Brandy:            It was exactly like that where it’s like, “This is a mom just trying to get through the day.” She was so sweet, but also there were some things she talked about that really resonated for me about the creative process. I was like, “Oh, my God. No shit,” that I’m not alone on the way that this process happens or doesn’t happen or all the pieces — she was talking about all the layers that go into the process. Then, the one part that I love that she talked about is that every time that she goes to write a song, it’s like she forgets. Like, “What do I do again? How do I start this process?” I remember where I was driving in my car when I heard her say that because I was like, “I thought that was just me that forgot how to do everything and had to reinvent the wheel each time.” So anyway, that was a great interview. Sorry, I cut you off.

Zibby:               Thank you. No, I’m glad. It’s nice to hear what you had to say about it. To be honest, I have found that really across the board, everyone who sits down to start something new is plagued by insecurity. It doesn’t matter how successful they’ve been. They can be like a multiple bestselling author sitting down for their 40th book, and they still are like, “Gosh, I hope I can do it this time.”

Brandy:            Yeah, there’s something sort of elusive about the creative process and creating something that it’s hard to pin down people’s taste.

Zibby:               Yes. I have a friend who owns a vineyard and produces wine. He and his wife were talking about how they take their wine to different stores, and they have to sit there while people take a sip, and they’re like, “Uh,” or whatever. {laughter} It’s so similar to writing because it’s people’s taste.

Brandy:            Yes.

Zibby:               It’s just, “Do they like it or not?” You can work on it for years, and you can think it’s brilliant and amazing. Then, somebody — it’s just not their taste, and there’s nothing you can do.

Brandy:            Yeah, I’m so glad, as authors, we don’t have to sit with people while they read our books or articles to hear them go like, “Oh, that sucked,” or, “Uh, this book…”

Zibby:               Yeah, I don’t think there would be any writers left. That would be the end. {laughter}

Brandy:            I think so. Yes. Were there any nuggets of wisdom from any of the authors on your podcast that have stuck with you? Is there something someone said that really affected or changed you, like something you will never forget?

Zibby:               I interviewed a woman named Ingrid Fetell Lee who wrote a book called Joyful about how you can change your environment to make yourself more joyful and give yourself basically a happier life through changing things around you. I had always sort of believed that happiness was something that came from inside. You had to work on yourself or work on your issues or whatever, but it turns out that there’s all this research that just something as simple as changing a paint color or painting your fingernails rainbow colors or little tiny changes in shapes that you surround yourself by and having more circles and having unexpected elements and all these things, although it seems intuitive, makes a huge difference. Since that interview, I tried to incorporate so many of the lessons that she taught me in her book and in our conversation and in my daily life, and I really think about it basically every day. Right next to me right now, I have this like — because having a lot of circles around is one of the things — so I have this like circle that looks kind of like a sun that a girlfriend gave me once, and I have it right here up on my desk because it’s bright and colorful. I know that circles make you happy. Then, I have like color-coded bookshelves behind me because pops of color make you happy. I don’t know. I think about it when I was actually getting my nails done which I haven’t done and I don’t know if I’ll ever do again, but I was doing that like she did. I had every color and every nail a different color. Every time I would look down, it would make me smile and change my mood just subtly enough that whatever I was stressing about seemed a little bit more manageable. That was one of my favorite books and lessons in terms of a sort of “change your life” mentality type of perspective.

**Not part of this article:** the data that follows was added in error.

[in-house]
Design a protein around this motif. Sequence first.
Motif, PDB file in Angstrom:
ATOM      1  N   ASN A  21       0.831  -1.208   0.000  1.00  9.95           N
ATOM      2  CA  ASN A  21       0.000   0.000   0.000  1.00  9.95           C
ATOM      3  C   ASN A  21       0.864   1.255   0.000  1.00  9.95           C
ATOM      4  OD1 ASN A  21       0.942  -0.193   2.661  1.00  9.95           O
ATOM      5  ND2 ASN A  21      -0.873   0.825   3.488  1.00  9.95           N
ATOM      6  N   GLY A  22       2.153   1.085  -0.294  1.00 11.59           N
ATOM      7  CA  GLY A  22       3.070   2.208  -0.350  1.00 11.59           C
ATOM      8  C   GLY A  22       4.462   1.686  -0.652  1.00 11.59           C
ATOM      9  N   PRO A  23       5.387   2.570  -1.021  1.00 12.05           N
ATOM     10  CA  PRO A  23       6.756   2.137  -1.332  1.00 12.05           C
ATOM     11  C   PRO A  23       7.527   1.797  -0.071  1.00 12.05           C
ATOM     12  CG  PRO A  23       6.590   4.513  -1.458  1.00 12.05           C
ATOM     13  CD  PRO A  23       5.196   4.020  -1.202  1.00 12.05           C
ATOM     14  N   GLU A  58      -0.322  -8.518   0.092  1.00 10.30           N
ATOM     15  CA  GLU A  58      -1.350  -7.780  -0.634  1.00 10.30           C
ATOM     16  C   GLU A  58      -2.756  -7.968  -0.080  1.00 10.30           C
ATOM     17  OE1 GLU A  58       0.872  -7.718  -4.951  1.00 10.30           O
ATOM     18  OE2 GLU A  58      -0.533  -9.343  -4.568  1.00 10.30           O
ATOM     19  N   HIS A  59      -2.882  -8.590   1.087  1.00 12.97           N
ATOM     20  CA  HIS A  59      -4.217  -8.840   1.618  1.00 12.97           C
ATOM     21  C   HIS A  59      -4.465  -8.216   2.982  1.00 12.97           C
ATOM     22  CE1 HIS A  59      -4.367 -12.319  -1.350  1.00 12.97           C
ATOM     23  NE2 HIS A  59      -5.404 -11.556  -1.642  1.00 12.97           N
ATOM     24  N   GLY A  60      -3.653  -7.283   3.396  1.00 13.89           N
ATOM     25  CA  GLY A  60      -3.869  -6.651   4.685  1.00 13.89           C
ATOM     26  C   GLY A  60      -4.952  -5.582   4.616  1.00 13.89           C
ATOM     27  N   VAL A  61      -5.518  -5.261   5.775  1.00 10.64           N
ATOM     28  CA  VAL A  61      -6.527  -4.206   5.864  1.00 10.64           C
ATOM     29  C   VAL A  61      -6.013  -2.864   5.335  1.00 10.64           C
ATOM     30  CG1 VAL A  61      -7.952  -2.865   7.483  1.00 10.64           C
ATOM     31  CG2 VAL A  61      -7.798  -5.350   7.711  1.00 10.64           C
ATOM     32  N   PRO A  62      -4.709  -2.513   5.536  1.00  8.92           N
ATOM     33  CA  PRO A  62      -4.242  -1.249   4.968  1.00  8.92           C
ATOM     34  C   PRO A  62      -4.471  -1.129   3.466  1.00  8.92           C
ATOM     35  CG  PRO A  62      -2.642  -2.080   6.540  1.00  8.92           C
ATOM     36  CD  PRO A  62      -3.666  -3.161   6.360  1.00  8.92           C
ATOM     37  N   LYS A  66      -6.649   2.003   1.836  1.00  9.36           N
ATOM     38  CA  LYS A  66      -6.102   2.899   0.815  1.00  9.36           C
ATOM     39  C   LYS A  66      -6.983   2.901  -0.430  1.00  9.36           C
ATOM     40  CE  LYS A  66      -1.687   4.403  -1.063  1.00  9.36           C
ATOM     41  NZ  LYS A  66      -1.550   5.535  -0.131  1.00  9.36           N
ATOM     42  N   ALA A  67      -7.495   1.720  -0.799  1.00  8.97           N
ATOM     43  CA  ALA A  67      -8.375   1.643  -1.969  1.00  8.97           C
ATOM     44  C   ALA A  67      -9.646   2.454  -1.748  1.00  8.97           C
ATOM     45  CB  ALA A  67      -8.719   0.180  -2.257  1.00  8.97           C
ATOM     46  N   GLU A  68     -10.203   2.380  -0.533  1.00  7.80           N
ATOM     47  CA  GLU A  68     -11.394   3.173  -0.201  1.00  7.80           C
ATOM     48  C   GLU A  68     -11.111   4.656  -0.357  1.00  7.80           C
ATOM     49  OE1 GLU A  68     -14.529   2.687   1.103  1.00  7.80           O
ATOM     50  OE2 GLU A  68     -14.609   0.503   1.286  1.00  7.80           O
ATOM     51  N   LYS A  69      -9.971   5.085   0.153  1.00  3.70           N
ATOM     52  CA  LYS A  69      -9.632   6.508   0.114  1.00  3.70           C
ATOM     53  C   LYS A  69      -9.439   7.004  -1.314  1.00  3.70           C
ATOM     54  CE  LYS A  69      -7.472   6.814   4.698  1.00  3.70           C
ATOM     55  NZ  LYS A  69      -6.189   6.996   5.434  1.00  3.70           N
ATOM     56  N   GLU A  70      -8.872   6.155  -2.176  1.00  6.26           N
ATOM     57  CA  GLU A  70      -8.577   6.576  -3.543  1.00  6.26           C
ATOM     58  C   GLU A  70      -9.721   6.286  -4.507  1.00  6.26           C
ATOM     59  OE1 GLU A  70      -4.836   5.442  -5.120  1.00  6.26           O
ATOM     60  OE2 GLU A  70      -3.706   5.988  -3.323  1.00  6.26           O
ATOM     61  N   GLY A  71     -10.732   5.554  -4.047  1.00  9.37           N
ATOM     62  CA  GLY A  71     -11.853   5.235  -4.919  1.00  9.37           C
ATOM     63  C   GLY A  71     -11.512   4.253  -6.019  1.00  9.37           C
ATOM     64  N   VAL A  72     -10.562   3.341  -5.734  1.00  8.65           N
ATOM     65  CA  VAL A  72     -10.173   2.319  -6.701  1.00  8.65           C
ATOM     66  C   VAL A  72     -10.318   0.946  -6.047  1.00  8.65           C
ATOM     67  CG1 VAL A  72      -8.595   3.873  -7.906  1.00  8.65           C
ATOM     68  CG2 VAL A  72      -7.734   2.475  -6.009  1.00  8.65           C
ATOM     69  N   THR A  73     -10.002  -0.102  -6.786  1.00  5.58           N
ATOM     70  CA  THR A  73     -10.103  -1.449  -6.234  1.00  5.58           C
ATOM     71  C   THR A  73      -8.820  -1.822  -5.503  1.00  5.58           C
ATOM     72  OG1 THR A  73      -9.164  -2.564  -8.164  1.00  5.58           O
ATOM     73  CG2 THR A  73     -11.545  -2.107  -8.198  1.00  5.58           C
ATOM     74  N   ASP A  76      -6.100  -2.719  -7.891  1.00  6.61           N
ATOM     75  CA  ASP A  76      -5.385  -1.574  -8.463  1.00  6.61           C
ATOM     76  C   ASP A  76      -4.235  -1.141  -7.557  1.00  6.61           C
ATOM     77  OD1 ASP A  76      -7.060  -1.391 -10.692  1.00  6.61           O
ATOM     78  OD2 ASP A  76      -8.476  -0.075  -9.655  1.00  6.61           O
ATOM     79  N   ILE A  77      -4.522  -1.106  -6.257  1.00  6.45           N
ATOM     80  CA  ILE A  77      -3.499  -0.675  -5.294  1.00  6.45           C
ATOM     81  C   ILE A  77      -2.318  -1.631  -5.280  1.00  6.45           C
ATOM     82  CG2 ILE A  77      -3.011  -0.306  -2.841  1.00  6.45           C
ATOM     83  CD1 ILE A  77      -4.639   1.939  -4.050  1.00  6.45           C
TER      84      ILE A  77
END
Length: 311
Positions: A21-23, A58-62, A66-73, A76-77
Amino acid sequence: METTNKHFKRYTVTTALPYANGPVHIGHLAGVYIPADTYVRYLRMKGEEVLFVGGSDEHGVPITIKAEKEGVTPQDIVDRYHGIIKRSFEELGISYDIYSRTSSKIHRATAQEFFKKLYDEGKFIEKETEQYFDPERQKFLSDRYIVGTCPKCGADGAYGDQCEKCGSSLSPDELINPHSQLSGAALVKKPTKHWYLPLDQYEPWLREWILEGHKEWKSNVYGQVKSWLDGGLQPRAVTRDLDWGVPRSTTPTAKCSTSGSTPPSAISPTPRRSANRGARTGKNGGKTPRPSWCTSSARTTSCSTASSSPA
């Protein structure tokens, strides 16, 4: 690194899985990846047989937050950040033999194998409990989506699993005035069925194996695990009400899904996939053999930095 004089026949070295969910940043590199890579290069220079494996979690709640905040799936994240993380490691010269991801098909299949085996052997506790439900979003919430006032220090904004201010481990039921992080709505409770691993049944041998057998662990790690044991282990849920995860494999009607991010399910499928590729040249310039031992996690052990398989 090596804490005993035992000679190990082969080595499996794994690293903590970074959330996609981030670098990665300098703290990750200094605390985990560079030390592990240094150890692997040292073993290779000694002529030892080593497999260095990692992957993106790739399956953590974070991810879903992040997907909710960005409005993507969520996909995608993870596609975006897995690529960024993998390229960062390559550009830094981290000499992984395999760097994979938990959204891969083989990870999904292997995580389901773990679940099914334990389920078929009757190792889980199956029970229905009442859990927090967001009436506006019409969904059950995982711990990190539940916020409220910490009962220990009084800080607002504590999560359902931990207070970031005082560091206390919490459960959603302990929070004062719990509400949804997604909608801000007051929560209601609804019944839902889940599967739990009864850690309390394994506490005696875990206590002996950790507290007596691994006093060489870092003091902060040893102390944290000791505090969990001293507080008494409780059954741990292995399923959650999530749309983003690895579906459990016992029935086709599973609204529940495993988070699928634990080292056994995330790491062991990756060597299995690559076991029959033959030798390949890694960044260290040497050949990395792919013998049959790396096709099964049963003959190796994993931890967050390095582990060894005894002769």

Brandy:            Wow. I think I need to get that book. That sounds amazing. Even your first little beginning about what it was about, I’m like over here kind of jaw dropped. Like, “Oh, my God. There are these things that you can do that actually you have control over this? Huh! That sounds amazing.” {laughter}

Zibby:               Yes. I know. It’s amazing. Just even feeling that there’s a solution out there that’s pretty simple and not expensive and easy to implement.

Brandy:            Yeah. What about your interview with Anne Lamott? Are you a fan of hers? Were you nervous about interviewing her? What was that like for you? She’s one of my favorites is why I ask.

Zibby:               I am a huge fan of hers. Yes, I was so excited about that interview. I only had like 20 minutes. It was on one of her — sometimes publishers have these like interview days where they schedule them back to back for 20-minute increments. In general, I don’t like to do those because the poor authors — {laughter}

Brandy:            Oh, right.